This material is a reprint of Chapter 4 of Professor Stone's latest book, Visions of World Order. Between State Power and Human Justice. In this book, Professor Stone analyzes the "factual substratum" out of which international law arises or ought to arise and how this factual substratum is relevant to discussions of international justice and international law itself. In the chapter reprinted here, Professor Stone discusses the work of Professor Myres McDougal. MeDougal, according to Stone, focuses on the policy-oriented approach of national decision-makers participating in the "World Power Process." Because the policy ostensibly being pursued is the furthering of human goals, values and expectations, McDougal argues that international law is such only to the extent that it assures and elevates human dignity by conforming to these goals, values and expectations. Professor Stone analyses McDougal's approach and points out the fallacies and shortcomings.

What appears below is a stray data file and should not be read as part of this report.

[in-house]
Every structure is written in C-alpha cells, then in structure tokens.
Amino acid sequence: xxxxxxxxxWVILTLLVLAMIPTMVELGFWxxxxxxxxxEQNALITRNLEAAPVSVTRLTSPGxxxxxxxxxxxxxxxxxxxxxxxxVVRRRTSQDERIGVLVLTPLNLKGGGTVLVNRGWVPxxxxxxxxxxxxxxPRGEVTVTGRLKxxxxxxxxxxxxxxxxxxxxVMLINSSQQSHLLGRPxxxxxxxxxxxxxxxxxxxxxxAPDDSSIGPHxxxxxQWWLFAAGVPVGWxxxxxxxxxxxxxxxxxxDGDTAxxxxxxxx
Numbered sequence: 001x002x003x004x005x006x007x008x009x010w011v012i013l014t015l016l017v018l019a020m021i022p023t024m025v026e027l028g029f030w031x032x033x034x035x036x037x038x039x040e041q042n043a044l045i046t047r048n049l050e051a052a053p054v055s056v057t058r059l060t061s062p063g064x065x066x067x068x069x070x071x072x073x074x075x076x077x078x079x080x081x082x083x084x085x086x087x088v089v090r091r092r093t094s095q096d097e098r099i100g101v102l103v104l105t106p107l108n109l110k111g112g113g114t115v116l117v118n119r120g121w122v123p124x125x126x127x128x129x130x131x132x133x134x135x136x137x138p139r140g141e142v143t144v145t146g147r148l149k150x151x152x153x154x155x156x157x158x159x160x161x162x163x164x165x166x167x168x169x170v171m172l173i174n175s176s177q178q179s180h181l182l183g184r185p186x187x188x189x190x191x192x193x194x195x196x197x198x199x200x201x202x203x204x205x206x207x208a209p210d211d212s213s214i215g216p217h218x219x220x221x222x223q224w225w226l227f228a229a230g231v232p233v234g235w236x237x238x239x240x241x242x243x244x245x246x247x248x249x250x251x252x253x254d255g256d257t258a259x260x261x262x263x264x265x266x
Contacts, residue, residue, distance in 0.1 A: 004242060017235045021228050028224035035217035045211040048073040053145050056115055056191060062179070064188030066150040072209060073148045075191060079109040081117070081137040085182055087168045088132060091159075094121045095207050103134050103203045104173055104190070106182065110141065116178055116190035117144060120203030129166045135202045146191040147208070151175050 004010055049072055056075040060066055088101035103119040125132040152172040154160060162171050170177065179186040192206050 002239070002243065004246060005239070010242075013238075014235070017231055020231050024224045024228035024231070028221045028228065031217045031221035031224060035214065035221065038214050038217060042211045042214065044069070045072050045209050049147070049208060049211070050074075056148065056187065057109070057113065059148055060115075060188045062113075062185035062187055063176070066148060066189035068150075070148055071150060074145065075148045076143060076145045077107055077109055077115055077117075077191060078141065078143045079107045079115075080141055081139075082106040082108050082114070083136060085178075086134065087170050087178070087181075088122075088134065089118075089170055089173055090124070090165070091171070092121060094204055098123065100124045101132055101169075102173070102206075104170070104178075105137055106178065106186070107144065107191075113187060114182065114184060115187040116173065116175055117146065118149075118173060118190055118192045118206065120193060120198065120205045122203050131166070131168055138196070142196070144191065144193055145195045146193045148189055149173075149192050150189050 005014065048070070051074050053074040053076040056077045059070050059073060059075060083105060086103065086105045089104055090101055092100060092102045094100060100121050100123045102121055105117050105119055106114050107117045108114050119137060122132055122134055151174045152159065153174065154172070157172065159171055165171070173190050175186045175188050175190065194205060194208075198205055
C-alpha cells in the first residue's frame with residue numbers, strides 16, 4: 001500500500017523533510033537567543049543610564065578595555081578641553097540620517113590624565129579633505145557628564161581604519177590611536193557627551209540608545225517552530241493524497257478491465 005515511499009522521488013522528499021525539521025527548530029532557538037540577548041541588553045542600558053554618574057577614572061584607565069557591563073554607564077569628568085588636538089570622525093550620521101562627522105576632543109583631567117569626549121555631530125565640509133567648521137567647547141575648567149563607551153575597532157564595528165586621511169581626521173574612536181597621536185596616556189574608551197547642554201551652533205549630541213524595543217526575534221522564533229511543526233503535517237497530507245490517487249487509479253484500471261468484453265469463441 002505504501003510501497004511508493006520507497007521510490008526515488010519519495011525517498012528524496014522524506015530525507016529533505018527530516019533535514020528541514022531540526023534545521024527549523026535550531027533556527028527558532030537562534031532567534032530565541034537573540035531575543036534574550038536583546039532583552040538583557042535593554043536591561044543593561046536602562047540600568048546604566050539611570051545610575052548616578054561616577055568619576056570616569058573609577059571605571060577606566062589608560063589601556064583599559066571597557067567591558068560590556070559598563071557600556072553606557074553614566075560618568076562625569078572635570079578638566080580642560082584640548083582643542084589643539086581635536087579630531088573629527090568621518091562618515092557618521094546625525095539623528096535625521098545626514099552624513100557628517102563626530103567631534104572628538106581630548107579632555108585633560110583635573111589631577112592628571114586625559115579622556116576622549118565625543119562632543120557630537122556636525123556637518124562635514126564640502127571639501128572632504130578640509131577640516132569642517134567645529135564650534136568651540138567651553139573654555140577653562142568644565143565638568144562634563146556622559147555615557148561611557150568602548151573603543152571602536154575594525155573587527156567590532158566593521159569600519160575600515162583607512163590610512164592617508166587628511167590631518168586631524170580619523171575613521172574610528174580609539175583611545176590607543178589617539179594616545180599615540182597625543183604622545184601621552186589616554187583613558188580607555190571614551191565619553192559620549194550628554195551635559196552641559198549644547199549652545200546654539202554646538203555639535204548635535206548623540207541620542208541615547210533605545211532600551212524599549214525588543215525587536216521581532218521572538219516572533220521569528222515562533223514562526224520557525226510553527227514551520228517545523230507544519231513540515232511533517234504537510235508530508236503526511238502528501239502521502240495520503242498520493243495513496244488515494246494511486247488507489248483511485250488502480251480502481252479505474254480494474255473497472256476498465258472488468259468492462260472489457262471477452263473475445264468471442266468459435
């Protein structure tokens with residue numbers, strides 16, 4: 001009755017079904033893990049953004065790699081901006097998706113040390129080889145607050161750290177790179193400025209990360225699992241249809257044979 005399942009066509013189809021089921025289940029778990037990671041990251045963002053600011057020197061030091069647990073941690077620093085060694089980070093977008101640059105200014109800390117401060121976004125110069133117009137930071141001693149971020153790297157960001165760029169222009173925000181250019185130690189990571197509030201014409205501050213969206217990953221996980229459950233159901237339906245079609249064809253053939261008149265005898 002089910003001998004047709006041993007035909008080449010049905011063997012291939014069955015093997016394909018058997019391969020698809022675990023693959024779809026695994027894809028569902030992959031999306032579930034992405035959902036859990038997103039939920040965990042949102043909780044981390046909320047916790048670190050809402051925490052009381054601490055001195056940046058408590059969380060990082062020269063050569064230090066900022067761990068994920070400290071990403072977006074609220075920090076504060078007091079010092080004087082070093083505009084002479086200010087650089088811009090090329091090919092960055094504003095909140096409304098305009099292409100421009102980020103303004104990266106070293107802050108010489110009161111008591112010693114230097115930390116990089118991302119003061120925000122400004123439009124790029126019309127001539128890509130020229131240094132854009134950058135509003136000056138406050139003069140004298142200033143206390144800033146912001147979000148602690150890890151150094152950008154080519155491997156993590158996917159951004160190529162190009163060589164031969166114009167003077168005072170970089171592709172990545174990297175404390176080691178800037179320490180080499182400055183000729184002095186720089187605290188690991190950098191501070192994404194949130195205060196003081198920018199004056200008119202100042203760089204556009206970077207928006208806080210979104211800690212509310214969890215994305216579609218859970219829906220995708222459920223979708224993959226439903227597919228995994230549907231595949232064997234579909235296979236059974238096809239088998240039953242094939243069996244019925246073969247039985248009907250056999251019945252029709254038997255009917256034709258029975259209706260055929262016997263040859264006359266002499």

Policy-Oriented World Power Process,
7 Hastings Int'l & Comp. L. Rev. 273
Available at: https://repository.uchastings.edu/hastings_international_comparative_law_review/vol7/iss2/1